#129: The Home Wind

Snowy sunlit woods. Yurt and barren trees, throwing shadows toward camera.
Craig Lake State Park, Upper Peninsula, Michigan

I’m writing to you on a Thursday evening this week. By the time you receive this I’ll be off in a yurt in the woods in Michigan’s Upper Peninsula, likely putting a log in a fire and trying to stay warm.

I’m going for the weekend with my brother Charlie, who is younger by eight years, and this will be the first time we’ll have spent such extended duration of time together as adults without our parents in the vicinity. CHENG BROTHER RETREAT, it says in my calendar.

The plans are loose: there will likely be hiking; there will definitely be a fire, or three; there might be some boating on the adjacent lake, called Keewaydin, which the internet tells me is Ojibwa for the God of the North, or the North Wind, or Home Wind. When I was looking at campsites, the name became the deciding factor, a kind of blessing in advance.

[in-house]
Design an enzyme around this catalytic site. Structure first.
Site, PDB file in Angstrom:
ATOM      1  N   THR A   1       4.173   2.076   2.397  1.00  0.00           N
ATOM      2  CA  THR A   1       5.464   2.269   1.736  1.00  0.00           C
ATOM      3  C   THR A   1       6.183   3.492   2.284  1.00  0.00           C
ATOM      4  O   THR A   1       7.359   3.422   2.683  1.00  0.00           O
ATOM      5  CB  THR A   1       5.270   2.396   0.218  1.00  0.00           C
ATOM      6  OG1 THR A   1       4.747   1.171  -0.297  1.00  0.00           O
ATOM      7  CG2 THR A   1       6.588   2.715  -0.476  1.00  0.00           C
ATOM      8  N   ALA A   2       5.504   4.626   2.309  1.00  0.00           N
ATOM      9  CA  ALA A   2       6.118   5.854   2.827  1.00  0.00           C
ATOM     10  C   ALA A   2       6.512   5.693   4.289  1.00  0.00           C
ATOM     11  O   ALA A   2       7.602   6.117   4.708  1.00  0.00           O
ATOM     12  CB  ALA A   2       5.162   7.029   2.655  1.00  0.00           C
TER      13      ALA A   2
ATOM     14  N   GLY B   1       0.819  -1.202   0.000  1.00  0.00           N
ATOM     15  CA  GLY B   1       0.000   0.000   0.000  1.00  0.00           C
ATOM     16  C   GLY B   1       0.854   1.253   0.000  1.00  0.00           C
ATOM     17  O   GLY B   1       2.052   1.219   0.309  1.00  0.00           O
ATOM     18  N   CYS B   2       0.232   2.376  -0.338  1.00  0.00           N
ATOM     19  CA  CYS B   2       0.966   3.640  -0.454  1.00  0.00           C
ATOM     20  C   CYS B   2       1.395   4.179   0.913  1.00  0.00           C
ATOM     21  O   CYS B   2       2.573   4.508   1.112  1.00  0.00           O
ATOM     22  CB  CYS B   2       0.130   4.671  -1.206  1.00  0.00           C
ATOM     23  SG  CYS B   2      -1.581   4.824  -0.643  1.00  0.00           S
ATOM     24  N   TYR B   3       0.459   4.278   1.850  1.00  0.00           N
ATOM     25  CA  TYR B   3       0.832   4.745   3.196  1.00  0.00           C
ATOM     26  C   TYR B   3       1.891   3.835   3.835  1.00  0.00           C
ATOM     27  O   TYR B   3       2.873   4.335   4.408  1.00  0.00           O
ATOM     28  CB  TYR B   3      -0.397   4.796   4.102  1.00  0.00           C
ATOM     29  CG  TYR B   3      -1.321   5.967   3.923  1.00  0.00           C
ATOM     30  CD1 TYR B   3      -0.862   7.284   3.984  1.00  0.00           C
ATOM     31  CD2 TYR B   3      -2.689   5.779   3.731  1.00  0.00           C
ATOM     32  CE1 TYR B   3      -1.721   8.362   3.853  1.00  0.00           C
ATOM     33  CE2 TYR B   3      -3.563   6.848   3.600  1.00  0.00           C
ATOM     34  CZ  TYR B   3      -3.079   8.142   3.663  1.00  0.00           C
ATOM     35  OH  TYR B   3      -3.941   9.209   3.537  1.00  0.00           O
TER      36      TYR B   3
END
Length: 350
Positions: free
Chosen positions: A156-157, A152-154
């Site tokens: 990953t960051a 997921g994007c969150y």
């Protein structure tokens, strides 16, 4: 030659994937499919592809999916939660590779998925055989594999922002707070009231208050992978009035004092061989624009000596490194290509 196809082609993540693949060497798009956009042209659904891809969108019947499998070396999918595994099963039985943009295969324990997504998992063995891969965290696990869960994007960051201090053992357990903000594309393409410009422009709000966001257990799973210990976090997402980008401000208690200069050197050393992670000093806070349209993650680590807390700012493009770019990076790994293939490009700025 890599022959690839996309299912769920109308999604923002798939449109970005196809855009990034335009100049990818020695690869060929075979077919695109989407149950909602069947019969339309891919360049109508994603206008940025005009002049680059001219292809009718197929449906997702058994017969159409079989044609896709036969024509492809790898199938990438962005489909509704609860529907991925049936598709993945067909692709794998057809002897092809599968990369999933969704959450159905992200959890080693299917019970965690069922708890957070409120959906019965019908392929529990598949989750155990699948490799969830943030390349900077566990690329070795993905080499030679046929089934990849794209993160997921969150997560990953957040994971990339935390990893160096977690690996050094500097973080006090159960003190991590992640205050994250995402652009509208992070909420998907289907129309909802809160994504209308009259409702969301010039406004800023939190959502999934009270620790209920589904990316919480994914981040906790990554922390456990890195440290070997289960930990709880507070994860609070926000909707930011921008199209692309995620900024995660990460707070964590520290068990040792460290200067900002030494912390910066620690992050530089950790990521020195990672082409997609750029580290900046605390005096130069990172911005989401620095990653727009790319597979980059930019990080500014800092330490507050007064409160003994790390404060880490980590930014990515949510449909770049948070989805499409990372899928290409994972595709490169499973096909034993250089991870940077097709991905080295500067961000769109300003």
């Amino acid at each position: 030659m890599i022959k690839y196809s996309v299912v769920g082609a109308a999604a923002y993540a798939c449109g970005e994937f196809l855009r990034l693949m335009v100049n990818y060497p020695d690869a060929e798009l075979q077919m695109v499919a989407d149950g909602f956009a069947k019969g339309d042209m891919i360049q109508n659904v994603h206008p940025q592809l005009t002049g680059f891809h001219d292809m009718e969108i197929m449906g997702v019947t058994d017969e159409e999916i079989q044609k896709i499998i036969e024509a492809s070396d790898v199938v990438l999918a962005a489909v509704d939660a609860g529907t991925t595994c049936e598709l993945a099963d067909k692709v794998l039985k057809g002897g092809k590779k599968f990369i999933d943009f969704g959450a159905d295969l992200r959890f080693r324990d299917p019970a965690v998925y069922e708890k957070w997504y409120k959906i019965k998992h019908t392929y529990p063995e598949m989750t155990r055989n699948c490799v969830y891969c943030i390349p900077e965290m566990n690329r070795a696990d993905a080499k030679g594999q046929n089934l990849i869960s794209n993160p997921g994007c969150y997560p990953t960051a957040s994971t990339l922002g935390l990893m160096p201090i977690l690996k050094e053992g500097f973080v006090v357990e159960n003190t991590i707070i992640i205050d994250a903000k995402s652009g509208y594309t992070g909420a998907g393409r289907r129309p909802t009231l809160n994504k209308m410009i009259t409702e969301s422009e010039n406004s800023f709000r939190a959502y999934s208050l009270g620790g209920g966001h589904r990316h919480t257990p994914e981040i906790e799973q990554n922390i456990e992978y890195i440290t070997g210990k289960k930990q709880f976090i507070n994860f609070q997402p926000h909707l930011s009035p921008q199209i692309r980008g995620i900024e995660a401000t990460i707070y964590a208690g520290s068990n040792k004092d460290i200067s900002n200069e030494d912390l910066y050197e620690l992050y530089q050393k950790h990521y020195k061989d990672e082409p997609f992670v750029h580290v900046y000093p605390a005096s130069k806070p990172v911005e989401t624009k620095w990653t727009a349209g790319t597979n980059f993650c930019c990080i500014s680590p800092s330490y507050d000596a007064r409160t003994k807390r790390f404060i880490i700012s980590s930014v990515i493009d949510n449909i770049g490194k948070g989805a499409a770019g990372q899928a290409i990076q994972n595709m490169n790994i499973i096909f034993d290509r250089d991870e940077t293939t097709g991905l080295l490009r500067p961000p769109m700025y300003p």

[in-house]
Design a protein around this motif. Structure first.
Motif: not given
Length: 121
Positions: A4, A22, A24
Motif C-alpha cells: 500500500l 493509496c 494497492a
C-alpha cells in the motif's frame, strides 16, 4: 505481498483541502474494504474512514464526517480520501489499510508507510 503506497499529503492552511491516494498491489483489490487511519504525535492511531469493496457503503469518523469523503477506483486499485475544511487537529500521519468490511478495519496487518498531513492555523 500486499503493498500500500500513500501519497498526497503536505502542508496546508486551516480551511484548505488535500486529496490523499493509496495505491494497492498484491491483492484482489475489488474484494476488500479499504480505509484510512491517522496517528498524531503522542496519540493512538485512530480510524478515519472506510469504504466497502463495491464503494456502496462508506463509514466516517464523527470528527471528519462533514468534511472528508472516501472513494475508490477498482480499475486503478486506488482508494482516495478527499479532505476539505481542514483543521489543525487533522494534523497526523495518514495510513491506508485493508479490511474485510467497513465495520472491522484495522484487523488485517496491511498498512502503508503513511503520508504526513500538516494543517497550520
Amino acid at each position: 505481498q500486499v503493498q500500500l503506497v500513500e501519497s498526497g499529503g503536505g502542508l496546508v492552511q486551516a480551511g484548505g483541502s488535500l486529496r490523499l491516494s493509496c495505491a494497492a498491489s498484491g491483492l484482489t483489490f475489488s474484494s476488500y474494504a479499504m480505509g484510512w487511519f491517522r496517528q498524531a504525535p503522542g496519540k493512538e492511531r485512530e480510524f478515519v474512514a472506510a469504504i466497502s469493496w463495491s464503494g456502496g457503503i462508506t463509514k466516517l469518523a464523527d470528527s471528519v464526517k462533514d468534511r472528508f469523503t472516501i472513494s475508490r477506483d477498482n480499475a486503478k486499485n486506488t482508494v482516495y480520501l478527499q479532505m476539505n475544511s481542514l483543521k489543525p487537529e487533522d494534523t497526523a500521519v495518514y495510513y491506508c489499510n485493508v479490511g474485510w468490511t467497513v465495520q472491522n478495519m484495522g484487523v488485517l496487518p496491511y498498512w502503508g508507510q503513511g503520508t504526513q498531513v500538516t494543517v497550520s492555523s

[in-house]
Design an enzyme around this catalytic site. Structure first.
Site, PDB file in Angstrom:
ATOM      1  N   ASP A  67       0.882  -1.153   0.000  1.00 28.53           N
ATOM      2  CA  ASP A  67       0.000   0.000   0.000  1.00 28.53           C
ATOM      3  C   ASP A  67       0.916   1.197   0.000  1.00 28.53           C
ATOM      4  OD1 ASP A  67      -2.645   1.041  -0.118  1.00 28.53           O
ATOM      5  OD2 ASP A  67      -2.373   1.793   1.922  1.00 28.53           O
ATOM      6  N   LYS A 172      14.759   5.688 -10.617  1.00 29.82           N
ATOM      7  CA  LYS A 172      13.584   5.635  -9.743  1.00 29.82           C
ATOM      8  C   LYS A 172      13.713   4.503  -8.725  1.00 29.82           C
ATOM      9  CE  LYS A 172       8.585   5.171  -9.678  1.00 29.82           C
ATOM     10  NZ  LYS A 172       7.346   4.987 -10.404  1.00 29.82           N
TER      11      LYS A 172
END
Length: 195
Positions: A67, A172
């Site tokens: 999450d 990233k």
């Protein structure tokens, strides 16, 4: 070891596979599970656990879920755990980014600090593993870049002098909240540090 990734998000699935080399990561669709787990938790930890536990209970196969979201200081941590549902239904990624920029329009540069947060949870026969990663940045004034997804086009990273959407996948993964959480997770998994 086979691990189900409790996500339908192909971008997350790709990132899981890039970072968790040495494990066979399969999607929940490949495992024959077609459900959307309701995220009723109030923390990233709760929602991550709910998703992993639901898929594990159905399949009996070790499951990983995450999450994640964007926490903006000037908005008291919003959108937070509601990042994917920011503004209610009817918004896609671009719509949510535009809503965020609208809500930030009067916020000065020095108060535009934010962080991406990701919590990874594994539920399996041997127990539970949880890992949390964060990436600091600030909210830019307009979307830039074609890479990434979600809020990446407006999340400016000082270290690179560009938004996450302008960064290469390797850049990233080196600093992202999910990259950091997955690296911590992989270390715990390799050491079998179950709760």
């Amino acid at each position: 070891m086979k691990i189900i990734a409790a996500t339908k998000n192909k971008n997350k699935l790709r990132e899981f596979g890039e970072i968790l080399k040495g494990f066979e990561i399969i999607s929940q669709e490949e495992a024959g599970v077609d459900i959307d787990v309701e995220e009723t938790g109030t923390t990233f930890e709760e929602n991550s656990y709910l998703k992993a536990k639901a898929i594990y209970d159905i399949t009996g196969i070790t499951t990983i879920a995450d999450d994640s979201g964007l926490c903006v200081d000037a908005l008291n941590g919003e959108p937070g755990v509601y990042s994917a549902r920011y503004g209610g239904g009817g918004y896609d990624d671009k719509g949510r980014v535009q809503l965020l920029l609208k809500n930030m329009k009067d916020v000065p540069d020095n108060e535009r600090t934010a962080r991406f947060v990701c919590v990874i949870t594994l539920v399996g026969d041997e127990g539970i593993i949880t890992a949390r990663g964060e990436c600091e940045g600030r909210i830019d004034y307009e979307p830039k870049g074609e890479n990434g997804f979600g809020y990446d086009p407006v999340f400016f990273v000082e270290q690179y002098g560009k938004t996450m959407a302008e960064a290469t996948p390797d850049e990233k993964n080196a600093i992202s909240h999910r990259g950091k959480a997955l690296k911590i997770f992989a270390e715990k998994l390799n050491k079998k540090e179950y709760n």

Robert Bly says the Romans believed each human being had an angel or “daimon” that came down through the family line. It was the seed of individual good fortune, called “genius” in a man and “juno” in a woman. What jumps out at me at this moment in my life is the bit about coming down through the family line, like an inheritance we get from the way our parents raised us, and the way their parents raised them. A buddhist might call it familial karma. And that it’s the seed is important. A seed is neutral. A seed is merely potential. A seed grows by the soil you plant it in, and the way you attend to it.

I turn 32 on Tuesday. I have a hunch the year to come will be much about seeds and dirt and roots and attention. “My eyes already touch the sunny hill … “ And what I feel is the wind on my face.